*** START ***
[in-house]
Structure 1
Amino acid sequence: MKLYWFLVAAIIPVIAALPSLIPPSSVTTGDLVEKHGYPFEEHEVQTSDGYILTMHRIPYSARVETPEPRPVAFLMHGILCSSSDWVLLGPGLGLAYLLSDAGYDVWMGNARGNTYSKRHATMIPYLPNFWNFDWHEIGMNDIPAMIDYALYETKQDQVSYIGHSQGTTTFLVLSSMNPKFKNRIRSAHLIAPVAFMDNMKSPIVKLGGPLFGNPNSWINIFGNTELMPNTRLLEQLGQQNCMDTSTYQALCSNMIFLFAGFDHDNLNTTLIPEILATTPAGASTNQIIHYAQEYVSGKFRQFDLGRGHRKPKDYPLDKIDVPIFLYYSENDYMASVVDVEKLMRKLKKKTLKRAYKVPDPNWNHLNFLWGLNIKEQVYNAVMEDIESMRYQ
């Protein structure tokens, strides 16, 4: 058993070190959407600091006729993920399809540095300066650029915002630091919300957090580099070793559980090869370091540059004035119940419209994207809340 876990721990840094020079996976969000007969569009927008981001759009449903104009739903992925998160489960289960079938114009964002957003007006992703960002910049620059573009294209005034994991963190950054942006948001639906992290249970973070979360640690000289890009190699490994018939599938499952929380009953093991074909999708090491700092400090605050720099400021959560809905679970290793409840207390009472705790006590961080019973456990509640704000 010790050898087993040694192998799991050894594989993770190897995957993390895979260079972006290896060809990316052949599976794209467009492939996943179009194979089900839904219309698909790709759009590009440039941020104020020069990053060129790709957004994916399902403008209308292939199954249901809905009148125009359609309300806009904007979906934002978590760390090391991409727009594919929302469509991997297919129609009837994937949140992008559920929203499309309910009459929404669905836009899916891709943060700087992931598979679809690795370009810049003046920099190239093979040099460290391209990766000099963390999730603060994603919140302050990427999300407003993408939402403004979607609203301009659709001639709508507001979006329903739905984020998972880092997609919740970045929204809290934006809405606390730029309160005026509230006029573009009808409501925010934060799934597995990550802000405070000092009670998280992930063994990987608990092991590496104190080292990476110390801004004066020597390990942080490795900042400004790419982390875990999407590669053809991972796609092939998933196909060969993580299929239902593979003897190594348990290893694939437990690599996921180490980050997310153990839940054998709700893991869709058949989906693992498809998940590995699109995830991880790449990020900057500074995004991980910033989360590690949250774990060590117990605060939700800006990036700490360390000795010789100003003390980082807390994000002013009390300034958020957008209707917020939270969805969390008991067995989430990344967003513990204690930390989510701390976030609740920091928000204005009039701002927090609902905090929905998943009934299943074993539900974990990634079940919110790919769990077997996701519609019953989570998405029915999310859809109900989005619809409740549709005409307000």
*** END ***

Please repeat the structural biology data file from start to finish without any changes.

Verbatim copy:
[in-house]
Structure 1
Amino acid sequence: MKLYWFLVAAIIPVIAALPSLIPPSSVTTGDLVEKHGYPFEEHEVQTSDGYILTMHRIPYSARVETPEPRPVAFLMHGILCSSSDWVLLGPGLGLAYLLSDAGYDVWMGNARGNTYSKRHATMIPYLPNFWNFDWHEIGMNDIPAMIDYALYETKQDQVSYIGHSQGTTTFLVLSSMNPKFKNRIRSAHLIAPVAFMDNMKSPIVKLGGPLFGNPNSWINIFGNTELMPNTRLLEQLGQQNCMDTSTYQALCSNMIFLFAGFDHDNLNTTLIPEILATTPAGASTNQIIHYAQEYVSGKFRQFDLGRGHRKPKDYPLDKIDVPIFLYYSENDYMASVVDVEKLMRKLKKKTLKRAYKVPDPNWNHLNFLWGLNIKEQVYNAVMEDIESMRYQ
């Protein structure tokens, strides 16, 4: 058993070190959407600091006729993920399809540095300066650029915002630091919300957090580099070793559980090869370091540059004035119940419209994207809340 876990721990840094020079996976969000007969569009927008981001759009449903104009739903992925998160489960289960079938114009964002957003007006992703960002910049620059573009294209005034994991963190950054942006948001639906992290249970973070979360640690000289890009190699490994018939599938499952929380009953093991074909999708090491700092400090605050720099400021959560809905679970290793409840207390009472705790006590961080019973456990509640704000 010790050898087993040694192998799991050894594989993770190897995957993390895979260079972006290896060809990316052949599976794209467009492939996943179009194979089900839904219309698909790709759009590009440039941020104020020069990053060129790709957004994916399902403008209308292939199954249901809905009148125009359609309300806009904007979906934002978590760390090391991409727009594919929302469509991997297919129609009837994937949140992008559920929203499309309910009459929404669905836009899916891709943060700087992931598979679809690795370009810049003046920099190239093979040099460290391209990766000099963390999730603060994603919140302050990427999300407003993408939402403004979607609203301009659709001639709508507001979006329903739905984020998972880092997609919740970045929204809290934006809405606390730029309160005026509230006029573009009808409501925010934060799934597995990550802000405070000092009670998280992930063994990987608990092991590496104190080292990476110390801004004066020597390990942080490795900042400004790419982390875990999407590669053809991972796609092939998933196909060969993580299929239902593979003897190594348990290893694939437990690599996921180490980050997310153990839940054998709700893991869709058949989906693992498809998940590995699109995830991880790449990020900057500074995004991980910033989360590690949250774990060590117990605060939700800006990036700490360390000795010789100003003390980082807390994000002013009390300034958020957008209707917020939270969805969390008991067995989430990344967003513990204690930390989510701390976030609740920091928000204005009039701002927090609902905090929905998943009934299943074993539900974990990634079940919110790919769990077997996701519609019953989570998405029915999310859809109900989005619809409740549709005409307000």